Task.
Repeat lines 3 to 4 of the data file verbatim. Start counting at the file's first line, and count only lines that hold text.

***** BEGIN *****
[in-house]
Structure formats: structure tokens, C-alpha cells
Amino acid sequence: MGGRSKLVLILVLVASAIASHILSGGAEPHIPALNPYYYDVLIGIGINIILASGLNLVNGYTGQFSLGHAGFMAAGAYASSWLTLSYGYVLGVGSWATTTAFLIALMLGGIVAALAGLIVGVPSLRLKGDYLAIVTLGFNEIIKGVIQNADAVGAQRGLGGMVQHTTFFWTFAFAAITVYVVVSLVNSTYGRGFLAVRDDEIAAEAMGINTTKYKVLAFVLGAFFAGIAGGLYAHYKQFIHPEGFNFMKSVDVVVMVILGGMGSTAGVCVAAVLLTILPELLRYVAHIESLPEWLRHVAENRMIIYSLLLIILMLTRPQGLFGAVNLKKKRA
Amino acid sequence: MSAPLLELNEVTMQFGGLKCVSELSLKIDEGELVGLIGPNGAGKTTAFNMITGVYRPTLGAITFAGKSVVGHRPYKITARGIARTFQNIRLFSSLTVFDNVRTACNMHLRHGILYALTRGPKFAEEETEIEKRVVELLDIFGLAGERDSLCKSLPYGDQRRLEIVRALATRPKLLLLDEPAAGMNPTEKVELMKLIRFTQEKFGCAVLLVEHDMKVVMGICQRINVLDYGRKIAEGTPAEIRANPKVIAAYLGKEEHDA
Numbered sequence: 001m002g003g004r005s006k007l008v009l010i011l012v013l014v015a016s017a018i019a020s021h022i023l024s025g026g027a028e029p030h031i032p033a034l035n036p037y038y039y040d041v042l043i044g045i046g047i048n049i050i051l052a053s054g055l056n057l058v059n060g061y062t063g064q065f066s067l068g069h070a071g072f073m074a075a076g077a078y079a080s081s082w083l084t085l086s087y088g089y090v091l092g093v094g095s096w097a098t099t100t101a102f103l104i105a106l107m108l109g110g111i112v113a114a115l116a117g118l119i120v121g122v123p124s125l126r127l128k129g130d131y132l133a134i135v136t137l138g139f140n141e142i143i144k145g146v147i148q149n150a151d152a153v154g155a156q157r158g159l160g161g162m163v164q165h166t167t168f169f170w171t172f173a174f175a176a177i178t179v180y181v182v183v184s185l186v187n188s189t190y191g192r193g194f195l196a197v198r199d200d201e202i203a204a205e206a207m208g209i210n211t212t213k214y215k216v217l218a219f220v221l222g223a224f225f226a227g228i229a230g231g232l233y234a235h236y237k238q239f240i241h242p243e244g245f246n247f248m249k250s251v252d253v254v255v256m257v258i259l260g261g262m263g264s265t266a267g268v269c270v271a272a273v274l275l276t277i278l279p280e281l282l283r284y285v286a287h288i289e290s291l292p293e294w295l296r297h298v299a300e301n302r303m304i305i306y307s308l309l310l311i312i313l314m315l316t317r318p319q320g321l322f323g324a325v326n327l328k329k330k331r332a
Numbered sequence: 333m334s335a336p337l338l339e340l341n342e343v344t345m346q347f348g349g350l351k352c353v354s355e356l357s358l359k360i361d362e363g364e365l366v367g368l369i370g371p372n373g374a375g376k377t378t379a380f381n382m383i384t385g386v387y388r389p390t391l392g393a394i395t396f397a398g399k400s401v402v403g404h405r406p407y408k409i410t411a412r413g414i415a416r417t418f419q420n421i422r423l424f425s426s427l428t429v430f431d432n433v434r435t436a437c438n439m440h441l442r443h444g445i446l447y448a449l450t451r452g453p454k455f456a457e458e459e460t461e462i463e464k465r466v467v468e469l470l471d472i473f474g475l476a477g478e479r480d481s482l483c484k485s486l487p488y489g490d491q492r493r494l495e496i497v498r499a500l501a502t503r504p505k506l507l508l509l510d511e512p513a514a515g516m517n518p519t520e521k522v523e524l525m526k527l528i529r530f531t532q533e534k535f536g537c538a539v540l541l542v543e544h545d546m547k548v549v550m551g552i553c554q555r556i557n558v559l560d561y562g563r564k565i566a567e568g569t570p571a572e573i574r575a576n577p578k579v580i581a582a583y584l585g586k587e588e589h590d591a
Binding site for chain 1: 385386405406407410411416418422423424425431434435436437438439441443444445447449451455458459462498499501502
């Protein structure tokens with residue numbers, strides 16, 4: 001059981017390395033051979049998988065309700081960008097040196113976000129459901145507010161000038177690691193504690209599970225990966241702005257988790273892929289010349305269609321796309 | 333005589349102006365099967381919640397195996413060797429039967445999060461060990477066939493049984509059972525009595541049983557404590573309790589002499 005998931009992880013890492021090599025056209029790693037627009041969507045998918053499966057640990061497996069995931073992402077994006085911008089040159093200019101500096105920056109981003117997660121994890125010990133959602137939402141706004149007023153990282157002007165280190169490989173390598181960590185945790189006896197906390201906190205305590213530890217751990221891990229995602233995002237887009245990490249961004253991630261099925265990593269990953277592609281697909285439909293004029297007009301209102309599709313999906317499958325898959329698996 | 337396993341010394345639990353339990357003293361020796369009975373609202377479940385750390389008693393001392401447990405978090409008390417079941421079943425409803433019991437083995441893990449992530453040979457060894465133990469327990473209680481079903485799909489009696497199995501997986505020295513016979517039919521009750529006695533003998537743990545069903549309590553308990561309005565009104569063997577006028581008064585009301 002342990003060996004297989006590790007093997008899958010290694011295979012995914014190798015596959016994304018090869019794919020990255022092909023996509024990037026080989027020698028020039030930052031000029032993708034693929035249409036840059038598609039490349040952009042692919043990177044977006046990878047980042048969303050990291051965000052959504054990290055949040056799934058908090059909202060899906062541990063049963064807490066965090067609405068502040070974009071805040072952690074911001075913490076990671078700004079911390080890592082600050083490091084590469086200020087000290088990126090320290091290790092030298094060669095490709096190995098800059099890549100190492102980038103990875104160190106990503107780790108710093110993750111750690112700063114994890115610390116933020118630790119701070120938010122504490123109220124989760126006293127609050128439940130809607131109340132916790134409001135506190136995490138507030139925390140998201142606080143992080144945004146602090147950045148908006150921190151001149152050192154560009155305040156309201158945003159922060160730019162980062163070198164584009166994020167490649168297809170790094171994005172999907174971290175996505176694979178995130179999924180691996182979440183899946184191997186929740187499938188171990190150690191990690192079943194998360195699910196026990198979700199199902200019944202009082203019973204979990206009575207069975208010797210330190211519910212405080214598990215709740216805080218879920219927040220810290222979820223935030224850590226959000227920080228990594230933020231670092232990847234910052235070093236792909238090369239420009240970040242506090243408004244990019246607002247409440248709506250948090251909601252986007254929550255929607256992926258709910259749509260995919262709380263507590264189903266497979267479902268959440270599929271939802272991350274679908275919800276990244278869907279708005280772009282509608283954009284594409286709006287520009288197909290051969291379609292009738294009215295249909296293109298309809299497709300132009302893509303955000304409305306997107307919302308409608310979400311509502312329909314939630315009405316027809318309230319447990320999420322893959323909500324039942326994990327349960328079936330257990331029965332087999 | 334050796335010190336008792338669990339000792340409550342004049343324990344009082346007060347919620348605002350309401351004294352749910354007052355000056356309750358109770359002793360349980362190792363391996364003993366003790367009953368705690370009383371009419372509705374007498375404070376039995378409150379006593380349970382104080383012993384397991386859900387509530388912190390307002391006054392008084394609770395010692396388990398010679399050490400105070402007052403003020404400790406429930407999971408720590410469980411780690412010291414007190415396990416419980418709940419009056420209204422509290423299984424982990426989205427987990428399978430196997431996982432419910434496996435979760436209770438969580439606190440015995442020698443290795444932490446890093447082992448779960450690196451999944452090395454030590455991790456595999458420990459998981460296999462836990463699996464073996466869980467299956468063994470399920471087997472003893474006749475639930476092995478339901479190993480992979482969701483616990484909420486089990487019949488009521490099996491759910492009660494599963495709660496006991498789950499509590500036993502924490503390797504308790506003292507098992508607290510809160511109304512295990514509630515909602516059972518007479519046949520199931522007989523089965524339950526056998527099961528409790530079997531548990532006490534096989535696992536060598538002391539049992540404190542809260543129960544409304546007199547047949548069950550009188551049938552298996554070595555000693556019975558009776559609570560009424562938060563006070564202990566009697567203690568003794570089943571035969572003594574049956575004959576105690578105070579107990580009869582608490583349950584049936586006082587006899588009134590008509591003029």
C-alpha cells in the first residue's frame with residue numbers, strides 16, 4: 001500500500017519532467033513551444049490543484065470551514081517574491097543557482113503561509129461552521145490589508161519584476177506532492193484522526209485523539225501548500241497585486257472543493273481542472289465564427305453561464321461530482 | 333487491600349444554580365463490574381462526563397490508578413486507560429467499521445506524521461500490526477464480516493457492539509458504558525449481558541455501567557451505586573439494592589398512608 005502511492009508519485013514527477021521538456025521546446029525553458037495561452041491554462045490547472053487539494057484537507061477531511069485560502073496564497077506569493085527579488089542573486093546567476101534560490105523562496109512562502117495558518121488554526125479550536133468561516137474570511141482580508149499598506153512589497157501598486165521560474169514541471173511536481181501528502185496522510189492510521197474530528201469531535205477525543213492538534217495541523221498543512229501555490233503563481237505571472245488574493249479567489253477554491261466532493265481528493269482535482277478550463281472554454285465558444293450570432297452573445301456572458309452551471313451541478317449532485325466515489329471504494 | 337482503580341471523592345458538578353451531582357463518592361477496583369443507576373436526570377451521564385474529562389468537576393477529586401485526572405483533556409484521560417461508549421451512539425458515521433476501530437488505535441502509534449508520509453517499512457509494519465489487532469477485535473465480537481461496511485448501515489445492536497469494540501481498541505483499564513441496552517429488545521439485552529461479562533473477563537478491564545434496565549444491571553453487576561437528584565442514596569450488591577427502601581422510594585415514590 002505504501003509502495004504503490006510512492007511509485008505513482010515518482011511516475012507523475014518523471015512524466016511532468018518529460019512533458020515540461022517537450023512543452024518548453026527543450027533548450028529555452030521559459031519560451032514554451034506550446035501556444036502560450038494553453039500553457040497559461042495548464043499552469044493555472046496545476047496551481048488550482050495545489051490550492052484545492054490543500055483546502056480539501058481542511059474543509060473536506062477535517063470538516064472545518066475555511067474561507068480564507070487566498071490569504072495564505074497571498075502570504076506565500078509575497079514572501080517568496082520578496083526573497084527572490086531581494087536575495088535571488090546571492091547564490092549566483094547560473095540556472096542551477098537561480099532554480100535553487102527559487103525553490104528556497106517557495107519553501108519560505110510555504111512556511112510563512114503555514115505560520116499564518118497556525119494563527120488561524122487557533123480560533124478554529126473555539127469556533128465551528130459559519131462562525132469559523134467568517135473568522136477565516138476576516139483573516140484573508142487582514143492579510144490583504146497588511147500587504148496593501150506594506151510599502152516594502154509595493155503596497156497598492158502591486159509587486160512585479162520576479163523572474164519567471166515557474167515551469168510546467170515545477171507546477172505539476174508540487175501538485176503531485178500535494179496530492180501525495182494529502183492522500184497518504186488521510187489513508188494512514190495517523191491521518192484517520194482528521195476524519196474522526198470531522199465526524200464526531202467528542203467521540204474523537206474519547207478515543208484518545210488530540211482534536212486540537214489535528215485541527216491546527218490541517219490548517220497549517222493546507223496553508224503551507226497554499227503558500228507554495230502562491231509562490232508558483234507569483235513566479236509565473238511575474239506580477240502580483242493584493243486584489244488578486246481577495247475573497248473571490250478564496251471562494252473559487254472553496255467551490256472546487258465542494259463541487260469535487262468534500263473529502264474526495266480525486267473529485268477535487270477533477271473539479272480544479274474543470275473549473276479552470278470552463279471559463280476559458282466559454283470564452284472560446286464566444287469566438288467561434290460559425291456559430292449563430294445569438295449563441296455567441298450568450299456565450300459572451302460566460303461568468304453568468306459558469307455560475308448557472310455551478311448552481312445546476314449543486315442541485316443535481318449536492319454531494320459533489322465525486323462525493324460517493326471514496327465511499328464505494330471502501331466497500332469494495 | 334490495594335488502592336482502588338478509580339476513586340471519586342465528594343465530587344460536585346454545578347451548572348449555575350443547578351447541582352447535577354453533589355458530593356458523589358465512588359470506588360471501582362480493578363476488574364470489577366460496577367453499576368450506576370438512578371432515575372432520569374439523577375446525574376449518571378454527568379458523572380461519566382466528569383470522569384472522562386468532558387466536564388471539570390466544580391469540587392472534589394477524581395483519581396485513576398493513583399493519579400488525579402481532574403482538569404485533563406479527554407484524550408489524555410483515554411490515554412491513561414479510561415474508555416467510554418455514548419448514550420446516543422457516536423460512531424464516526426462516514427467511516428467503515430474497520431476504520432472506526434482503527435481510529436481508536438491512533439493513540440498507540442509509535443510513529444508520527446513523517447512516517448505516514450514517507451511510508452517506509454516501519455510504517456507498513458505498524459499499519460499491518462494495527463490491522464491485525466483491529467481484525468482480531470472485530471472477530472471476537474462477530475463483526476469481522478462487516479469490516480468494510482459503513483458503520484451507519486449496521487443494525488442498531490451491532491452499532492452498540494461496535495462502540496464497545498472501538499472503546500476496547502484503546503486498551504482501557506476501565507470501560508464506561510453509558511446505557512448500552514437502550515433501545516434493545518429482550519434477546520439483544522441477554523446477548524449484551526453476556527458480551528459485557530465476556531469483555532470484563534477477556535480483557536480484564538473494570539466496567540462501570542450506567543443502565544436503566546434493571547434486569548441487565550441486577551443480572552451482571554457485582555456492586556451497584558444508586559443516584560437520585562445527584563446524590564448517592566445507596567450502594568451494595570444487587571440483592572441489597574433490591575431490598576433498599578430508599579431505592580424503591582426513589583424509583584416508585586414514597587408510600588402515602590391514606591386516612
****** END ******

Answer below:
Amino acid sequence: MGGRSKLVLILVLVASAIASHILSGGAEPHIPALNPYYYDVLIGIGINIILASGLNLVNGYTGQFSLGHAGFMAAGAYASSWLTLSYGYVLGVGSWATTTAFLIALMLGGIVAALAGLIVGVPSLRLKGDYLAIVTLGFNEIIKGVIQNADAVGAQRGLGGMVQHTTFFWTFAFAAITVYVVVSLVNSTYGRGFLAVRDDEIAAEAMGINTTKYKVLAFVLGAFFAGIAGGLYAHYKQFIHPEGFNFMKSVDVVVMVILGGMGSTAGVCVAAVLLTILPELLRYVAHIESLPEWLRHVAENRMIIYSLLLIILMLTRPQGLFGAVNLKKKRA
Amino acid sequence: MSAPLLELNEVTMQFGGLKCVSELSLKIDEGELVGLIGPNGAGKTTAFNMITGVYRPTLGAITFAGKSVVGHRPYKITARGIARTFQNIRLFSSLTVFDNVRTACNMHLRHGILYALTRGPKFAEEETEIEKRVVELLDIFGLAGERDSLCKSLPYGDQRRLEIVRALATRPKLLLLDEPAAGMNPTEKVELMKLIRFTQEKFGCAVLLVEHDMKVVMGICQRINVLDYGRKIAEGTPAEIRANPKVIAAYLGKEEHDA